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Title: Weak Supervision for Fake News Detection via Reinforcement Learning
Today social media has become the primary source for news. Via social media platforms, fake news travel at unprecedented speeds, reach global audiences and put users and communities at great risk. Therefore, it is extremely important to detect fake news as early as possible. Recently, deep learning based approaches have shown improved performance in fake news detection. However, the training of such models requires a large amount of labeled data, but manual annotation is time-consuming and expensive. Moreover, due to the dynamic nature of news, annotated samples may become outdated quickly and cannot represent the news articles on newly emerged events. Therefore, how to obtain fresh and high-quality labeled samples is the major challenge in employing deep learning models for fake news detection. In order to tackle this challenge, we propose a reinforced weakly-supervised fake news detection framework, i.e., WeFEND, which can leverage users' reports as weak supervision to enlarge the amount of training data for fake news detection. The proposed framework consists of three main components: the annotator, the reinforced selector and the fake news detector. The annotator can automatically assign weak labels for unlabeled news based on users' reports. The reinforced selector using reinforcement learning techniques chooses high-quality samples from the weakly labeled data and filters out those low-quality ones that may degrade the detector's prediction performance. The fake news detector aims to identify fake news based on the news content. We tested the proposed framework on a large collection of news articles published via WeChat official accounts and associated user reports. Extensive experiments on this dataset show that the proposed WeFEND model achieves the best performance compared with the state-of-the-art methods.  more » « less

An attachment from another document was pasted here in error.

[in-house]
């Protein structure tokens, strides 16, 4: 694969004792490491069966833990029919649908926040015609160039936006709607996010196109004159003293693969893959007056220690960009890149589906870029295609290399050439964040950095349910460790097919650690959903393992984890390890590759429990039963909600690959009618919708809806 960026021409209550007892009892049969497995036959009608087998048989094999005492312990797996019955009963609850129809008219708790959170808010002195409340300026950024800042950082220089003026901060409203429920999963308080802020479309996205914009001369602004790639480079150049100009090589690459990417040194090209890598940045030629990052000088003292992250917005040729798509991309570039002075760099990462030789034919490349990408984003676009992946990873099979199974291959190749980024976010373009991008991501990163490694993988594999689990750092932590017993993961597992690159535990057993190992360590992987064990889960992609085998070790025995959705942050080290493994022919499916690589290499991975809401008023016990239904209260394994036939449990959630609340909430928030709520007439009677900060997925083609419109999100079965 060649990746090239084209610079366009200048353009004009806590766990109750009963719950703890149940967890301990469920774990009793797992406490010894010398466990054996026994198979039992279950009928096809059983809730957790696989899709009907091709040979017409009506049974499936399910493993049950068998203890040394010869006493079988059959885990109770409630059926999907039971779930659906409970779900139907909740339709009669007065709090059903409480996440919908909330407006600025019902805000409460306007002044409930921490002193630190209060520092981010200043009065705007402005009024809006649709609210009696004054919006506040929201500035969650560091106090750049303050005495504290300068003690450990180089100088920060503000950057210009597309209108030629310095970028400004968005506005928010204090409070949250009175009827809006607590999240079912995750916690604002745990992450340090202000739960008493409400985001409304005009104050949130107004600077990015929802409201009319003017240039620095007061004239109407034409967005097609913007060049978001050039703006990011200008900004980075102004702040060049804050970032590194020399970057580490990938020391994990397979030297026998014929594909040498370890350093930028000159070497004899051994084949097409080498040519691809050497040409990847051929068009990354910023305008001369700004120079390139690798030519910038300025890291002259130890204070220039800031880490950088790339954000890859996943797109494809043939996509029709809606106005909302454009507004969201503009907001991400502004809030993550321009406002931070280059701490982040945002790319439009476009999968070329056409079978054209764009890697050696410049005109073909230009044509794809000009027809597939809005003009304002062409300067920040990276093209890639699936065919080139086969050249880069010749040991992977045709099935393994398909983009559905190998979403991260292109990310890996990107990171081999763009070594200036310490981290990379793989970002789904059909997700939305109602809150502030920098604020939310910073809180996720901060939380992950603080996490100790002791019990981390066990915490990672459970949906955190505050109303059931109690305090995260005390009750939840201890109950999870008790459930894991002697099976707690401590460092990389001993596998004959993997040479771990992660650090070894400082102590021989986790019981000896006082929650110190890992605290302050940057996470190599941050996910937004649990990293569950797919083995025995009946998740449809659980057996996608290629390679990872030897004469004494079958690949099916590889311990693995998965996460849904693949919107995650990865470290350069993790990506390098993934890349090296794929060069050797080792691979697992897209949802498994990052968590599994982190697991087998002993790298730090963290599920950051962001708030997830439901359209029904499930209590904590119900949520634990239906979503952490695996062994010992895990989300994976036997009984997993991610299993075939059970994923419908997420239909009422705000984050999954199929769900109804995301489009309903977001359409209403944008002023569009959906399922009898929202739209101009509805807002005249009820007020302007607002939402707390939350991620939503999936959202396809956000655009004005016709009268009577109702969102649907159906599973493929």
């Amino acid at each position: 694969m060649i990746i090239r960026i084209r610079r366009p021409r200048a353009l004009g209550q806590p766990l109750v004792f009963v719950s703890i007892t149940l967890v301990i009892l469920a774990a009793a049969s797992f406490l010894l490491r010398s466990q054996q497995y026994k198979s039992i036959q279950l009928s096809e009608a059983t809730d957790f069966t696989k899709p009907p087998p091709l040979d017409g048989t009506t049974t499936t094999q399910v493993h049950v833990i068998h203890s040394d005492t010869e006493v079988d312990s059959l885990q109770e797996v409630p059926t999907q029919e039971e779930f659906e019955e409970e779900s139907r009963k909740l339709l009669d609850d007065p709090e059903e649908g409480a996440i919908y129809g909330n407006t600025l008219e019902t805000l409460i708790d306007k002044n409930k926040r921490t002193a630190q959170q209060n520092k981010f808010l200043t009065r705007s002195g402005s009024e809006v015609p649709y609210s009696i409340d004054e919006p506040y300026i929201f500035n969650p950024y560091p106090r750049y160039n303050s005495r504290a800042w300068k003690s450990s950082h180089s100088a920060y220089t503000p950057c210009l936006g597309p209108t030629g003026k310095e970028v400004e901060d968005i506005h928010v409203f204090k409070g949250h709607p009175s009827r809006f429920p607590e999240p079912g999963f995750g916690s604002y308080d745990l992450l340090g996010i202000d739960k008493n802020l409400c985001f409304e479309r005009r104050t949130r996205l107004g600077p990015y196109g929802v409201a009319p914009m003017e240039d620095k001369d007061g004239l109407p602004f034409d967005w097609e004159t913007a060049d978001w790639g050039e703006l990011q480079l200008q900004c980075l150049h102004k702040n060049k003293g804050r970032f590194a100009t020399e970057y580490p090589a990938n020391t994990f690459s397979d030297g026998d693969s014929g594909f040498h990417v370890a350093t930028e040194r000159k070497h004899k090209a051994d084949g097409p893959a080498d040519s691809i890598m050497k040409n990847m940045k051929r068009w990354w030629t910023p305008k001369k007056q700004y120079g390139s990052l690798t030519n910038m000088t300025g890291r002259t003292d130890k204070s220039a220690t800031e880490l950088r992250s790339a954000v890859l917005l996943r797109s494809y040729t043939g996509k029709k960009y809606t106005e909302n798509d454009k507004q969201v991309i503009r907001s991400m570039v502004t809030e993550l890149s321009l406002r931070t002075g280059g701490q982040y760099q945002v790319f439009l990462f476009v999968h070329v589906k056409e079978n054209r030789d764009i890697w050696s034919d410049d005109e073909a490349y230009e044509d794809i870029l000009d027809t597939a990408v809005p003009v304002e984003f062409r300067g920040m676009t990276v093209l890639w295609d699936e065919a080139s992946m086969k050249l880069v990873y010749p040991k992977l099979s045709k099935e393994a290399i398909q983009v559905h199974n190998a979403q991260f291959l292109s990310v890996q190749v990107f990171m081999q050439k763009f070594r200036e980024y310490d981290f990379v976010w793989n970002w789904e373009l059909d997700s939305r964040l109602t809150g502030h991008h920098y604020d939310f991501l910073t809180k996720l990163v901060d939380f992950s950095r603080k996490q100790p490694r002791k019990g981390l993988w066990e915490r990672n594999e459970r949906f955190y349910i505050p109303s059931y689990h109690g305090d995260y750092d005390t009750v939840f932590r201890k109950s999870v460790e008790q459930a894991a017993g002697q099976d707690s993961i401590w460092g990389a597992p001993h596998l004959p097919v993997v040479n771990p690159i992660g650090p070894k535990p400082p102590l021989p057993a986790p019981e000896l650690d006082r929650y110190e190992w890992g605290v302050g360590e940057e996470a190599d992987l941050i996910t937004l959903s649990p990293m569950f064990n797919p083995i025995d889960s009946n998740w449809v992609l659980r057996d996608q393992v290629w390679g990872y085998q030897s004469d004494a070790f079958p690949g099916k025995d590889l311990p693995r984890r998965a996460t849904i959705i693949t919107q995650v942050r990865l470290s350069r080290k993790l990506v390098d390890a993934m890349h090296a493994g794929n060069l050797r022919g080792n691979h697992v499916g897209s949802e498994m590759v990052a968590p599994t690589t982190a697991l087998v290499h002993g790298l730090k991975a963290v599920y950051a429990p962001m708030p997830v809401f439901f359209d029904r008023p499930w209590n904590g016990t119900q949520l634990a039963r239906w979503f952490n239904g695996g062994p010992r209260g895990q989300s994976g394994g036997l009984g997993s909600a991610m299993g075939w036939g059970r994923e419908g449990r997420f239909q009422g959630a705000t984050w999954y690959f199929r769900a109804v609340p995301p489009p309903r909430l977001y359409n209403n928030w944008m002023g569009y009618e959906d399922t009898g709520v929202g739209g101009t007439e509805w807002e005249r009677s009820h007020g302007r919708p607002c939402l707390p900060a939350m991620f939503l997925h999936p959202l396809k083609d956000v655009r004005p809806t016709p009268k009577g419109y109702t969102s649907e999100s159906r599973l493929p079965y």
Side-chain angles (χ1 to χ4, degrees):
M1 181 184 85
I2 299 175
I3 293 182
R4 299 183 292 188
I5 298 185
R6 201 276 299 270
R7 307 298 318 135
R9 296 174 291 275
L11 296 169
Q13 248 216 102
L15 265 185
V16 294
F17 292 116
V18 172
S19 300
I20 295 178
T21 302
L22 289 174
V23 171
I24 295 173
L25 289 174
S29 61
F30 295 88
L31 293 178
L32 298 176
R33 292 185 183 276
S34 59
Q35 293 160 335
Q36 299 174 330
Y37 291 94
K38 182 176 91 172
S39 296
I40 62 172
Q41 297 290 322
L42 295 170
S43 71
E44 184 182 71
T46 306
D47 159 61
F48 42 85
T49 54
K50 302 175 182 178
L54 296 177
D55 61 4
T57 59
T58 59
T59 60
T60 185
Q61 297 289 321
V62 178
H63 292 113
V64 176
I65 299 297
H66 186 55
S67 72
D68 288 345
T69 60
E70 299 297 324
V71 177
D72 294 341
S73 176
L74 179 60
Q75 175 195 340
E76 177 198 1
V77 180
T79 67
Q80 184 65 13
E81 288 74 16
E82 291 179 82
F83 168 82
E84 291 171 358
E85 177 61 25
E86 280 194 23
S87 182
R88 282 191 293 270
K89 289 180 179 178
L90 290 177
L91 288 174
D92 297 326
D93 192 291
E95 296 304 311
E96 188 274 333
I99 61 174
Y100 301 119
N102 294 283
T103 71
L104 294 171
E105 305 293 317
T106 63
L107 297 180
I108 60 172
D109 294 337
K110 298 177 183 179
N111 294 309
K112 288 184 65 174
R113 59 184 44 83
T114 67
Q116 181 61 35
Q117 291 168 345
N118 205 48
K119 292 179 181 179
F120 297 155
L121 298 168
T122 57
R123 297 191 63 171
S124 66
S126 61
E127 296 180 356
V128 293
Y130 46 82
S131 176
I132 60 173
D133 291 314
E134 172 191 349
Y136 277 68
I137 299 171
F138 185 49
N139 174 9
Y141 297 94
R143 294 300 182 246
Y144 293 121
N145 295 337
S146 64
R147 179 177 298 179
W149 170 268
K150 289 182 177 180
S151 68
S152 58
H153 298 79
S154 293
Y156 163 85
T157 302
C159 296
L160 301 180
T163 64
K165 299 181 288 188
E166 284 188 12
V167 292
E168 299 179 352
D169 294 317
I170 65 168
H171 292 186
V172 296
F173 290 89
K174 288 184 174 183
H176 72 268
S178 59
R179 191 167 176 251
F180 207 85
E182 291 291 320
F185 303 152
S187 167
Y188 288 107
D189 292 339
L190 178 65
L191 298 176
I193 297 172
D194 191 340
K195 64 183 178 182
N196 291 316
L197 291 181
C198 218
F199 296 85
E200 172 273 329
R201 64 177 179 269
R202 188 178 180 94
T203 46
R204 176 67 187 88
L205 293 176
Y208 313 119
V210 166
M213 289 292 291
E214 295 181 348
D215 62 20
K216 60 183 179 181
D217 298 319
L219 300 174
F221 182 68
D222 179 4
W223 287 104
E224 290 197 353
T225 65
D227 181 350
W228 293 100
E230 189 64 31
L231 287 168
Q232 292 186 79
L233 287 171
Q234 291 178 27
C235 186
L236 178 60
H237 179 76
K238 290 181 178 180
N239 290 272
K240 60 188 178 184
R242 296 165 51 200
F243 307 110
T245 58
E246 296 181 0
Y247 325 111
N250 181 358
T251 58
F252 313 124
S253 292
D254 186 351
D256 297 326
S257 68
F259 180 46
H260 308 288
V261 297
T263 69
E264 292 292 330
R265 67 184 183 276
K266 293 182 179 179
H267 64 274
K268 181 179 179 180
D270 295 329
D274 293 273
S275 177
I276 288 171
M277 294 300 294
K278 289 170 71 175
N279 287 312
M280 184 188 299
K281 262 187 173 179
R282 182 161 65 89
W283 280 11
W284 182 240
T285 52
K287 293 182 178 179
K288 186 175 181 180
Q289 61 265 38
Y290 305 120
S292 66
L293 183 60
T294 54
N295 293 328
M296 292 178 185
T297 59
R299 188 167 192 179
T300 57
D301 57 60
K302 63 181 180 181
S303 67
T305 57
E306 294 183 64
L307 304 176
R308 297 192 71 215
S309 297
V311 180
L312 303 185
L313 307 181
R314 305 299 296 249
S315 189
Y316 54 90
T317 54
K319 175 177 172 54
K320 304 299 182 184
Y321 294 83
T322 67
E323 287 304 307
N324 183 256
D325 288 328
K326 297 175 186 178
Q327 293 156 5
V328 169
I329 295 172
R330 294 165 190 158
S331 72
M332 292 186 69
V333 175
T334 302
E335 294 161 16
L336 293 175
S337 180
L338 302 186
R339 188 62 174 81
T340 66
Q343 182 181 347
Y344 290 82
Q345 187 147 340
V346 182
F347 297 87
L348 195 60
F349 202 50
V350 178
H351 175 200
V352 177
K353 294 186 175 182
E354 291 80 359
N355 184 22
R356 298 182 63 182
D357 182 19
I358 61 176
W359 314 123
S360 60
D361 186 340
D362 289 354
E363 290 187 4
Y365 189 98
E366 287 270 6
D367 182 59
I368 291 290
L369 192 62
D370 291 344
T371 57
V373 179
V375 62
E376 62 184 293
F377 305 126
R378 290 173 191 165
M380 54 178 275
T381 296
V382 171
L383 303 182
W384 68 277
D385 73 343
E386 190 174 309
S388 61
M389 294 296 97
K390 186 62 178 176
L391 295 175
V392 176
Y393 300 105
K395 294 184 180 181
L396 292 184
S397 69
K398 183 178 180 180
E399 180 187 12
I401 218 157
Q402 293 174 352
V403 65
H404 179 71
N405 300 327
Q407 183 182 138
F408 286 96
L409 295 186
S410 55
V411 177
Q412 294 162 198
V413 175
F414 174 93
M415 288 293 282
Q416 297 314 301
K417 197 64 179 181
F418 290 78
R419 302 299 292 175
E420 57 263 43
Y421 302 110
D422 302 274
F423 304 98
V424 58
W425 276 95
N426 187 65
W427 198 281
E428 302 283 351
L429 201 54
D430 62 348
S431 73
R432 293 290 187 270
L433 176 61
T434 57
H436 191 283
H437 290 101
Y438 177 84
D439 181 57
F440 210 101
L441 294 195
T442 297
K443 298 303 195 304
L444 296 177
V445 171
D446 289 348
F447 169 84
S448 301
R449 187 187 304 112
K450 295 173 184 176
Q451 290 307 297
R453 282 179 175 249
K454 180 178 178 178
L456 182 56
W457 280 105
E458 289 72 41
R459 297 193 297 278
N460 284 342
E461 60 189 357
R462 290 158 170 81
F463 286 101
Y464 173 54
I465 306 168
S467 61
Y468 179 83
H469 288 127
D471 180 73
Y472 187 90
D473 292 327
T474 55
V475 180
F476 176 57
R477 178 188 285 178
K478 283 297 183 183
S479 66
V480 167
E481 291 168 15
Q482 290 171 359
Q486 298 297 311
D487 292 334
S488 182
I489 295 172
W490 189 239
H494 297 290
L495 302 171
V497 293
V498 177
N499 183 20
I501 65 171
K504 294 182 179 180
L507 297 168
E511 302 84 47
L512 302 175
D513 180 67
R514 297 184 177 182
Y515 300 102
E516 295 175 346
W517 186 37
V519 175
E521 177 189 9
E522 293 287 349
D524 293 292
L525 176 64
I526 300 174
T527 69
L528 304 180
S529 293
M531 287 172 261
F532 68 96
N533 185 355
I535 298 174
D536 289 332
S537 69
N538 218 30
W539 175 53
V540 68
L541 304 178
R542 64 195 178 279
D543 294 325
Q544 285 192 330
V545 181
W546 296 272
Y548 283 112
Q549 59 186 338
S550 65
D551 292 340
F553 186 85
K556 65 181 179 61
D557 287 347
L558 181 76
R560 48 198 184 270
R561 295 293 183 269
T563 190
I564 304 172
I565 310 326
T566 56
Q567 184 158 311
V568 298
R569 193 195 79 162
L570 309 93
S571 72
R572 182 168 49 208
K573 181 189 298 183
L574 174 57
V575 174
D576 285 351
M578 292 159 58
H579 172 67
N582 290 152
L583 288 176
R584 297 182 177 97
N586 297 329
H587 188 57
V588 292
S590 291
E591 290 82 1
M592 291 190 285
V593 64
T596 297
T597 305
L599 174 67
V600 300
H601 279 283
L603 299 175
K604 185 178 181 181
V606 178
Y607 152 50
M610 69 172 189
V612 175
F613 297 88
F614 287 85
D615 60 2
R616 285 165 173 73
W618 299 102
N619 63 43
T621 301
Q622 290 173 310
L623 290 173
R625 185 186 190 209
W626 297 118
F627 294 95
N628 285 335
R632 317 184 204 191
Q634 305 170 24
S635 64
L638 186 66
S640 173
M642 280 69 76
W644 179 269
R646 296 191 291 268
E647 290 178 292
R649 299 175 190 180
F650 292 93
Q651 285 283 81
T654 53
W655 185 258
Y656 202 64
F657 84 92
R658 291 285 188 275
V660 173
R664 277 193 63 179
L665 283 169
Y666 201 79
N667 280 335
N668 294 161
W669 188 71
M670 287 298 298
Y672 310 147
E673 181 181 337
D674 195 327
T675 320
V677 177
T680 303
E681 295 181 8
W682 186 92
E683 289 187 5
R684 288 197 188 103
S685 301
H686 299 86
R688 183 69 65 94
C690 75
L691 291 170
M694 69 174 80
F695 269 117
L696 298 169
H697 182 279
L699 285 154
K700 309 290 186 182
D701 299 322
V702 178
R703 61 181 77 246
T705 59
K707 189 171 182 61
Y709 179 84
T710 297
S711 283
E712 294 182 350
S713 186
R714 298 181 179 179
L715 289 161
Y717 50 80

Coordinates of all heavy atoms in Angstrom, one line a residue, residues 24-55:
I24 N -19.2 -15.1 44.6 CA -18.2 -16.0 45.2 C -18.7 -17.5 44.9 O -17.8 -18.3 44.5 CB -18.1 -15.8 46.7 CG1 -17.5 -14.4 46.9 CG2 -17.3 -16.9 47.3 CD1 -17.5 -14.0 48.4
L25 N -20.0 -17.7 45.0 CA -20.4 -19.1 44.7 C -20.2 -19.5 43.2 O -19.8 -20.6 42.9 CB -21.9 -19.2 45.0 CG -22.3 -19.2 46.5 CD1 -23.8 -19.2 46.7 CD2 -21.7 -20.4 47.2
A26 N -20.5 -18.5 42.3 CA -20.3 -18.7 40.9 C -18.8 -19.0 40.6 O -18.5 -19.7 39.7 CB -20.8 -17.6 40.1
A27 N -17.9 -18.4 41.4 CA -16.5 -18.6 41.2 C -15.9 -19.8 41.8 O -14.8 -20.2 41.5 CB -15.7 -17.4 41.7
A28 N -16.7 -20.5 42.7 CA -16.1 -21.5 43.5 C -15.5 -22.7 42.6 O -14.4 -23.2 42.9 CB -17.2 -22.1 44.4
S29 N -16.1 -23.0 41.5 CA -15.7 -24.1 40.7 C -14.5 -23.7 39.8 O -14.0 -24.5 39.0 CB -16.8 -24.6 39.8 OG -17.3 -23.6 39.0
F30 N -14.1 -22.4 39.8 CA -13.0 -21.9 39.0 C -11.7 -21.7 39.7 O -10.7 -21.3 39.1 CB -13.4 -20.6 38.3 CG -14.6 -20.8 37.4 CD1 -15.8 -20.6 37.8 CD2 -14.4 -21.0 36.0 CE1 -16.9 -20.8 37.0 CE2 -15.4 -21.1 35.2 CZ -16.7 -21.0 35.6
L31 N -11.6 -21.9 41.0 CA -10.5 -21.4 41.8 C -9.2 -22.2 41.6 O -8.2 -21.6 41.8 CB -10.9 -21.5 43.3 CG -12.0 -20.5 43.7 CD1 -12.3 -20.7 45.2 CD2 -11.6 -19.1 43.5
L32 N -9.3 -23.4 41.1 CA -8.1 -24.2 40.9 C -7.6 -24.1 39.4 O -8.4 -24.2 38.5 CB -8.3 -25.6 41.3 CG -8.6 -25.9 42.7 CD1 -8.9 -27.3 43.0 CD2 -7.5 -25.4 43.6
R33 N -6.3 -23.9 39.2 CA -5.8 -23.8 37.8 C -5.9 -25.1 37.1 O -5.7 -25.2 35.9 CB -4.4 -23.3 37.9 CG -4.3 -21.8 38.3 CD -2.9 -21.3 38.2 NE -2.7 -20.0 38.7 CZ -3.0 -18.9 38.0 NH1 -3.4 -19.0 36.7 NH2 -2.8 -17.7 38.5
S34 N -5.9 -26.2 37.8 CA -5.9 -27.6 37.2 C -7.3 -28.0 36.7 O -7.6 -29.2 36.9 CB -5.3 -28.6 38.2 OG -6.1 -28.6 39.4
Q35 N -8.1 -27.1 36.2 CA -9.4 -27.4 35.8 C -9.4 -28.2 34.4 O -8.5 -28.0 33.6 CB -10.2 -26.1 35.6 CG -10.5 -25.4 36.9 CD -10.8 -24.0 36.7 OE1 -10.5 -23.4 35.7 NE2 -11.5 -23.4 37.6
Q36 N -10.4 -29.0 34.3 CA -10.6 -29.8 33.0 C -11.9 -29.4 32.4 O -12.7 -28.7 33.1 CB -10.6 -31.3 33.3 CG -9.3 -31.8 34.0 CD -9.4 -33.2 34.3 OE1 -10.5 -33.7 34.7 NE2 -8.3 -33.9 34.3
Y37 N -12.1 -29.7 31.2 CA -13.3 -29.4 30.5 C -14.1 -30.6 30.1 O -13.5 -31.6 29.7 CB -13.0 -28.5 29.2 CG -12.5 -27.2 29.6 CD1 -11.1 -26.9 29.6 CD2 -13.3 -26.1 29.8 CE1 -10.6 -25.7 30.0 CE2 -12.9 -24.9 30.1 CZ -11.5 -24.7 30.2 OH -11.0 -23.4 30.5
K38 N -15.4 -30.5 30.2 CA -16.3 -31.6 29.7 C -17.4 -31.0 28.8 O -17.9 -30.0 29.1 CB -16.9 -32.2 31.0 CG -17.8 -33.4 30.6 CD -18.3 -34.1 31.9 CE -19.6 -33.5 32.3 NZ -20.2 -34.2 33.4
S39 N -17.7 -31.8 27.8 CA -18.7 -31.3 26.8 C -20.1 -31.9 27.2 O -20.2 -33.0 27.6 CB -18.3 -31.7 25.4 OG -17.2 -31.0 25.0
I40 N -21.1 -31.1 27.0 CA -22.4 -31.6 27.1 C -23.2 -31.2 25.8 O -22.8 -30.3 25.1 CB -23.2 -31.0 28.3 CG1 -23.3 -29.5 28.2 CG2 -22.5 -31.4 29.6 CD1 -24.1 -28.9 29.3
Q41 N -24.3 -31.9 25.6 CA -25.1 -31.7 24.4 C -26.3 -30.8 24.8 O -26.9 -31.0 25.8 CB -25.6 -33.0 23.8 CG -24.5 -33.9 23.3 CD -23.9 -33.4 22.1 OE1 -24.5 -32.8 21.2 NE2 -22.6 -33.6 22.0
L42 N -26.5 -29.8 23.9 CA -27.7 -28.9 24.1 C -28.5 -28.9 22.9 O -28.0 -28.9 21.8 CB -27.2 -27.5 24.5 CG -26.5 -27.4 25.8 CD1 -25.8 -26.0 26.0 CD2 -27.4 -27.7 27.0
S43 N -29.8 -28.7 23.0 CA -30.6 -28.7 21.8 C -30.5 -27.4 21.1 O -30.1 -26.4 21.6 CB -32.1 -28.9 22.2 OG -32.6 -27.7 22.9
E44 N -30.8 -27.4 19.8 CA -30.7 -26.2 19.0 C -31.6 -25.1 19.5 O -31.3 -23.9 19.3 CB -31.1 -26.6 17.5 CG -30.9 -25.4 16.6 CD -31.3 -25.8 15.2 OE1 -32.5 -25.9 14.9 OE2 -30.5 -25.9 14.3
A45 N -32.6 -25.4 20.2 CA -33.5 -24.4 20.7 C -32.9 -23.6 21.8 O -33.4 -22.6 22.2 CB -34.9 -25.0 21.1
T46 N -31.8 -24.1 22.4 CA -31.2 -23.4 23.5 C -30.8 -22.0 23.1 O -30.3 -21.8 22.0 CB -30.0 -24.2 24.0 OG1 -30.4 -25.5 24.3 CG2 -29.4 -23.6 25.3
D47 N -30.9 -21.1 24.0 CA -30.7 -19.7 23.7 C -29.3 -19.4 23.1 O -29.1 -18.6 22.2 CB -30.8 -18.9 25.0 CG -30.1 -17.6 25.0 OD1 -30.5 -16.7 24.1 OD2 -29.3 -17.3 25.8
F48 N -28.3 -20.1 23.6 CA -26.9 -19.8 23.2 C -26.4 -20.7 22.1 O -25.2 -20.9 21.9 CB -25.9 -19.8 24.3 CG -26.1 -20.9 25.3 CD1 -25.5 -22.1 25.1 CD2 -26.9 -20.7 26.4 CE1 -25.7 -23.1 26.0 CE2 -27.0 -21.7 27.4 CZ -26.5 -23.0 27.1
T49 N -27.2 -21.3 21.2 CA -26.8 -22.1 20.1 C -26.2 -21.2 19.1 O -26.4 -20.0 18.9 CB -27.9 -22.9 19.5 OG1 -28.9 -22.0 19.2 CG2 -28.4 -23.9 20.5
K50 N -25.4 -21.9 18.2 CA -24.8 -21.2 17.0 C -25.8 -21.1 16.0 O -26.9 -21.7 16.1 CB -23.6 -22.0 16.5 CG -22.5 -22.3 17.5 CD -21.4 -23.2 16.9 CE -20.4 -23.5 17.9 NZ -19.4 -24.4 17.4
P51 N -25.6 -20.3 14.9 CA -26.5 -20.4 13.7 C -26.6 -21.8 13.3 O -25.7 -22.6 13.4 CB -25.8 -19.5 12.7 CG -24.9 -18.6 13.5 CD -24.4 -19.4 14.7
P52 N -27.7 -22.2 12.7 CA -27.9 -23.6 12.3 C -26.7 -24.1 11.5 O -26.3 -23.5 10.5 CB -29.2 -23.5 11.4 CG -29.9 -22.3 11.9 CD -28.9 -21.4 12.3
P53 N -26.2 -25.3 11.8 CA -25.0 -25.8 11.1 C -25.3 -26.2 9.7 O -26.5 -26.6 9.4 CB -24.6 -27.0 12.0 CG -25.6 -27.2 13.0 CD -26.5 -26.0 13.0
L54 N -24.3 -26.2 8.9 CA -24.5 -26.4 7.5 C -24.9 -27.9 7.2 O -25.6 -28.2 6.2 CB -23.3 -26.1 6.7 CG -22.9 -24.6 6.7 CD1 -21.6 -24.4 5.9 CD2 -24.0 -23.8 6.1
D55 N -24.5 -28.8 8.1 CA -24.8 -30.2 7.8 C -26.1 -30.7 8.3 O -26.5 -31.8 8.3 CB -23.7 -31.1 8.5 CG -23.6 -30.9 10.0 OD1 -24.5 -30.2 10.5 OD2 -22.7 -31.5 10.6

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Date Published:
Journal Name:
Proceedings of the AAAI Conference on Artificial Intelligence
Page Range / eLocation ID:
516 to 523
Medium: X
Sponsoring Org:
National Science Foundation
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Any opinions, findings, and conclusions or recommendations expressed in this material are those of the author(s) and do not necessarily reflect the official views of any of these organizations. REFERENCES [1] I. Obeid and J. Picone, “The Temple University Hospital EEG Data Corpus,” in Augmentation of Brain Function: Facts, Fiction and Controversy. Volume I: Brain-Machine Interfaces, 1st ed., vol. 10, M. A. Lebedev, Ed. Lausanne, Switzerland: Frontiers Media S.A., 2016, pp. 394 398. [2] V. Shah et al., “The Temple University Hospital Seizure Detection Corpus,” Frontiers in Neuroinformatics, vol. 12, pp. 1–6, 2018. [3] A. Hamid et, al., “The Temple University Artifact Corpus: An Annotated Corpus of EEG Artifacts.” in Proceedings of the IEEE Signal Processing in Medicine and Biology Symposium (SPMB), 2020, pp. 1-3. [4] Y. Roy, R. Iskander, and J. Picone, “The NeurekaTM 2020 Epilepsy Challenge,” NeuroTechX, 2020. [Online]. Available: [Accessed: 01-Dec-2021]. [5] S. Rahman, A. Hamid, D. Ochal, I. Obeid, and J. Picone, “Improving the Quality of the TUSZ Corpus,” in Proceedings of the IEEE Signal Processing in Medicine and Biology Symposium (SPMB), 2020, pp. 1–5. [6] V. Shah, E. von Weltin, T. Ahsan, I. Obeid, and J. Picone, “On the Use of Non-Experts for Generation of High-Quality Annotations of Seizure Events,” Available: https://www.isip.picone [Accessed: 01-Dec-2021]. [7] D. Ochal, S. Rahman, S. Ferrell, T. Elseify, I. Obeid, and J. Picone, “The Temple University Hospital EEG Corpus: Annotation Guidelines,” Philadelphia, Pennsylvania, USA, 2020. [8] D. Strayhorn, “The Atlas of Adult Electroencephalography,” EEG Atlas Online, 2014. [Online]. Availabl 
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